• Early indications are that October was another month of slow but positive growth in the U.S. and abroad. The monthly nonfarm payroll number for October was the strongest of the year, suggesting that weakness in August and September’s numbers was just noise. Emerging markets continue to be a small drag on the U.S. economy, but there are no signs of a crisis at this point. On the monetary policy view, the Fed continues to prepare the markets for tightening, perhaps at the December meeting.
• At 271,000 new jobs, the month-to-month change in nonfarm payrolls released in last Friday’s employment report was the strongest of the year. In addition, the year-over-year change in wages was as strong as it has been since the crisis, up 2.5% year-over-year. We can hope that wage gains hint at more of the economy’s gains accruing to average Americans to build a firmer foundation for a sustainable recovery. It is worth noting that as the expansion ages we can expect monthly employment gains to moderate and to see strength in the labor market represented as additional wage growth.
• On the international scene my view continues to be fairly strong growth in the developed world and faltering growth in the emerging world. Below, I plot the Purchasing Managers’ Indexes for the major international economies. For China (the epicenter of current concern) the PMIs stopped falling in October, though only time will tell if this level will be followed with renewed expansion or further deterioration. The economies most associated with exporting intermediate or raw goods to China (Australia, Taiwan, Hong Kong, Korea) continue to show contraction in the their PMIs. Indeed, these countries are seeing expectations of 2016 growth marked down. At the same time indexes ticked up in the Eurozone, the UK and Japan last month and a GDP-weighted average PMI increased in October.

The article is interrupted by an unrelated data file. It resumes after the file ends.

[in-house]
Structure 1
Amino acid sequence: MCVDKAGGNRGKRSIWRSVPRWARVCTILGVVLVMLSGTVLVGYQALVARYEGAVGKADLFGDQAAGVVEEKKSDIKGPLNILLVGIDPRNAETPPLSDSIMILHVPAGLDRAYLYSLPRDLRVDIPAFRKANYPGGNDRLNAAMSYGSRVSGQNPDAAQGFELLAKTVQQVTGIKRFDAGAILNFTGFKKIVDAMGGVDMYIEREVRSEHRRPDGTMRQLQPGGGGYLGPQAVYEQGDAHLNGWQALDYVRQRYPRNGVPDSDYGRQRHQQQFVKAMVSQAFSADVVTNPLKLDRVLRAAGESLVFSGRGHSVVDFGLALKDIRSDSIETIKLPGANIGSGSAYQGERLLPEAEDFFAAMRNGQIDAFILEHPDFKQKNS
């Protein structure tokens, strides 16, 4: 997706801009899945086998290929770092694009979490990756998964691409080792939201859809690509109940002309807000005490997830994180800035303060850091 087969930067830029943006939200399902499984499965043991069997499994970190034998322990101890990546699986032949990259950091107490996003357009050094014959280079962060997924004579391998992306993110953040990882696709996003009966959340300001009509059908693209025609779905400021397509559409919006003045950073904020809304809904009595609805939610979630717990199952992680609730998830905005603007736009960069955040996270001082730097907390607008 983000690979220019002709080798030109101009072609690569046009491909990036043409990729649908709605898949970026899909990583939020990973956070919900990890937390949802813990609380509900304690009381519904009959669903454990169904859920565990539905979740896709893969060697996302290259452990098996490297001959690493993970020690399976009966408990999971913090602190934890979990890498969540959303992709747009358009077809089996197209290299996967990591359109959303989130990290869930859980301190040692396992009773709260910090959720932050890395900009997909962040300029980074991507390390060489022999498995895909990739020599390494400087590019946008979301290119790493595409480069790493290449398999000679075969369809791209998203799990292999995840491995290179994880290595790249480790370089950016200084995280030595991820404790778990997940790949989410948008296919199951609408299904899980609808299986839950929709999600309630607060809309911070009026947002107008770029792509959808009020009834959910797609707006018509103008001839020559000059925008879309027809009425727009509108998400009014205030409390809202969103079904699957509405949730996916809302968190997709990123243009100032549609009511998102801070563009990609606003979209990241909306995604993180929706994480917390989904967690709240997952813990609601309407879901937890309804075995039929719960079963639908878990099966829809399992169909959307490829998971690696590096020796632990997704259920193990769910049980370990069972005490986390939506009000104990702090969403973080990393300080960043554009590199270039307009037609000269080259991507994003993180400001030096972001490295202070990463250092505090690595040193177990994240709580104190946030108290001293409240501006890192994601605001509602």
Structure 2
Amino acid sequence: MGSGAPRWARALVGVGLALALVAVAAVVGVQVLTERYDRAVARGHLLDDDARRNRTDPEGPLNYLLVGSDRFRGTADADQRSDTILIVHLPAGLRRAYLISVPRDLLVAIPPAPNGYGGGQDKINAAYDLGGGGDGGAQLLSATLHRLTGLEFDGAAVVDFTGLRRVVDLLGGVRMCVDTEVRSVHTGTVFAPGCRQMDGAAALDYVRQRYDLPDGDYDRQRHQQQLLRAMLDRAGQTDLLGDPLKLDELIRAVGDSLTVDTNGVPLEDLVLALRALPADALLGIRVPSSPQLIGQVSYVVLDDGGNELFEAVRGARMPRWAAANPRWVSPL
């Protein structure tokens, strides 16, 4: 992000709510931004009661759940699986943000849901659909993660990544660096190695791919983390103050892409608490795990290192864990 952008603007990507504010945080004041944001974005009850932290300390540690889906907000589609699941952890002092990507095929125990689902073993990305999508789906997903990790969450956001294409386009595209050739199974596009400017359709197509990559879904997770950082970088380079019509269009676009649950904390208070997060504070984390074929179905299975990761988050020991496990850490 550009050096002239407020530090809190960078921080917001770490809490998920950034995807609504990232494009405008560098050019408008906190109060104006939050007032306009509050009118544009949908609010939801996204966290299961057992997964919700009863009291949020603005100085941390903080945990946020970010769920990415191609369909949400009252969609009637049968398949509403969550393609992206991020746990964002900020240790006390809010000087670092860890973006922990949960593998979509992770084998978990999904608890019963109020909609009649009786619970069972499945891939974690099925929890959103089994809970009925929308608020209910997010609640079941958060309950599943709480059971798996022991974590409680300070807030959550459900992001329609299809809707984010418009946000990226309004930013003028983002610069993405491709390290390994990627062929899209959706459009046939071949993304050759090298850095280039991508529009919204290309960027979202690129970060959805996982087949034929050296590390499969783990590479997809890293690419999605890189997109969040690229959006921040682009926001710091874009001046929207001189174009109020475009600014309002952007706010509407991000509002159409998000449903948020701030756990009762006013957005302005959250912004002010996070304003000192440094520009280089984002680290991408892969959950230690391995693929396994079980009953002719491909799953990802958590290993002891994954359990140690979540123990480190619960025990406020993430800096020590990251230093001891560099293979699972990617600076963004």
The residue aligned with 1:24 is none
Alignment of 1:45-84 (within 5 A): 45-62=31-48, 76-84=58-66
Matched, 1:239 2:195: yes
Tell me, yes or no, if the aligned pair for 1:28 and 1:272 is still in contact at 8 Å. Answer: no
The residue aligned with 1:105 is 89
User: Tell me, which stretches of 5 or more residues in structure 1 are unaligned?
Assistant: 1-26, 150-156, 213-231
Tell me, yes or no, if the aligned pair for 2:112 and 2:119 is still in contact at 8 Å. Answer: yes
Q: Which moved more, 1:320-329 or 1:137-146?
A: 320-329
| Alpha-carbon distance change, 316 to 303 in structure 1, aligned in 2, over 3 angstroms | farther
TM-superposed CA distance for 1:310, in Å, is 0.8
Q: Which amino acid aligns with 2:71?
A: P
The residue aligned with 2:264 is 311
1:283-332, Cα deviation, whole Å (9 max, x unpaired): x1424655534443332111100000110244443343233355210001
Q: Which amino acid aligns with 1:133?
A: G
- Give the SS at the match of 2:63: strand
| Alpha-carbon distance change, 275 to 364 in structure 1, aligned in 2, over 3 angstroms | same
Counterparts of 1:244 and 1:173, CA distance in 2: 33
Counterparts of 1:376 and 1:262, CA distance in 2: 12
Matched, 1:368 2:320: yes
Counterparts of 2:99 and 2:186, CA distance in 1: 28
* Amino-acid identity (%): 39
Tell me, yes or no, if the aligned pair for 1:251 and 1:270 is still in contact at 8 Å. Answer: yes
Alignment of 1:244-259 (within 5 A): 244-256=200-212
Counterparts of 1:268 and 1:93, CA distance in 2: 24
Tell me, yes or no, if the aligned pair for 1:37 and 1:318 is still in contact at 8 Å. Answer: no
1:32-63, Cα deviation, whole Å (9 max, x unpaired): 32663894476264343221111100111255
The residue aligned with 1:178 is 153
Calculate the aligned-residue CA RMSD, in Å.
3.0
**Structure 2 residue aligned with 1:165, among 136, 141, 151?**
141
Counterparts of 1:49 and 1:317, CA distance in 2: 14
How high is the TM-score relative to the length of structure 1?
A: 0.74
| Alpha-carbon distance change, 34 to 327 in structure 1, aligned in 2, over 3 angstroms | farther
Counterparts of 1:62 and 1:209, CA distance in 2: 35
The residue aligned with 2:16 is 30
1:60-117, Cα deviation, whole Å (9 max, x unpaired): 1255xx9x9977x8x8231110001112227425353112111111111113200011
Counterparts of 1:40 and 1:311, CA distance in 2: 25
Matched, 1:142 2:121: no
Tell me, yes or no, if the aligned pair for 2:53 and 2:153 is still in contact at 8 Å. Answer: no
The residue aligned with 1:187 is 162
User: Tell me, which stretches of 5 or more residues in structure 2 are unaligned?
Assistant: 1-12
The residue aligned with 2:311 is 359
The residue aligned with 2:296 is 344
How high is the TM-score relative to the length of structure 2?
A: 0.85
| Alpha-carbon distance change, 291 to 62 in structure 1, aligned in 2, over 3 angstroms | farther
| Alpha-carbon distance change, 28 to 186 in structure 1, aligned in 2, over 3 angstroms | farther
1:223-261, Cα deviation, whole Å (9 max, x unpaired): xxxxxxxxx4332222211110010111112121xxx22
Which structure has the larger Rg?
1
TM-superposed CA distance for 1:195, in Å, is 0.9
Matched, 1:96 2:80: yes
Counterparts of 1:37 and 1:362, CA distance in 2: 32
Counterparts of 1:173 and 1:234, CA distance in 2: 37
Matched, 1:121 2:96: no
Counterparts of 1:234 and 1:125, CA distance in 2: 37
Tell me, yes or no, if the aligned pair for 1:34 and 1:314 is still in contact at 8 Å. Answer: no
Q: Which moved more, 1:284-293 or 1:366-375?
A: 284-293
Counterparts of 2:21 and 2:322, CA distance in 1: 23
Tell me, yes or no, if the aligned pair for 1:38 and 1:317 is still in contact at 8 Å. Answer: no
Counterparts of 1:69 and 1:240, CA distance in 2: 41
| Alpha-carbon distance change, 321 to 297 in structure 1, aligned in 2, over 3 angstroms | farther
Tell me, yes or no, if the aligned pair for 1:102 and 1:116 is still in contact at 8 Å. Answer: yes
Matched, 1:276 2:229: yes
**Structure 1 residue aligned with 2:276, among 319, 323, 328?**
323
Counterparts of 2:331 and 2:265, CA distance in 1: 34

International PMI heatmap

Source: Bloomberg, Markit, Astor calculations


• The Fed renewed its hold on investors’ attention last week with Chair Janet Yellen announcing the December meeting could mark the first raise in rates since 2006. Many of us are hopeful that whatever the other consequences, the first hike will at least mark the end of our long purgatory of waiting for the first hike. Focus should shift to the pace and ultimate extent of rate hikes. Given the uncertainty about the amount of slack in the labor market and inflation below target, I expect rate hikes to be much more gradual than in the 1999 or 2004 cycles. In addition, the FOMC members (who have consistently been too bearish in their rate forecasts since the crisis) currently see Fed Funds rate topping out at about 3.5%, well below previous cycles. Perhaps the tightening could be as modest as a two-year long move to a 2% Fed Funds rate
• Why is the Fed interested in rising rates? The FOMC seems to believe the labor market is close to full employment and that core inflation should move back to its 2% target in the next two years or so. Given the uncertain lags associated with monetary policy, the FOMC believes it is best to start to act now.
• Overall, I view the information released in the last month as supporting a slightly more optimistic take on U.S. growth.

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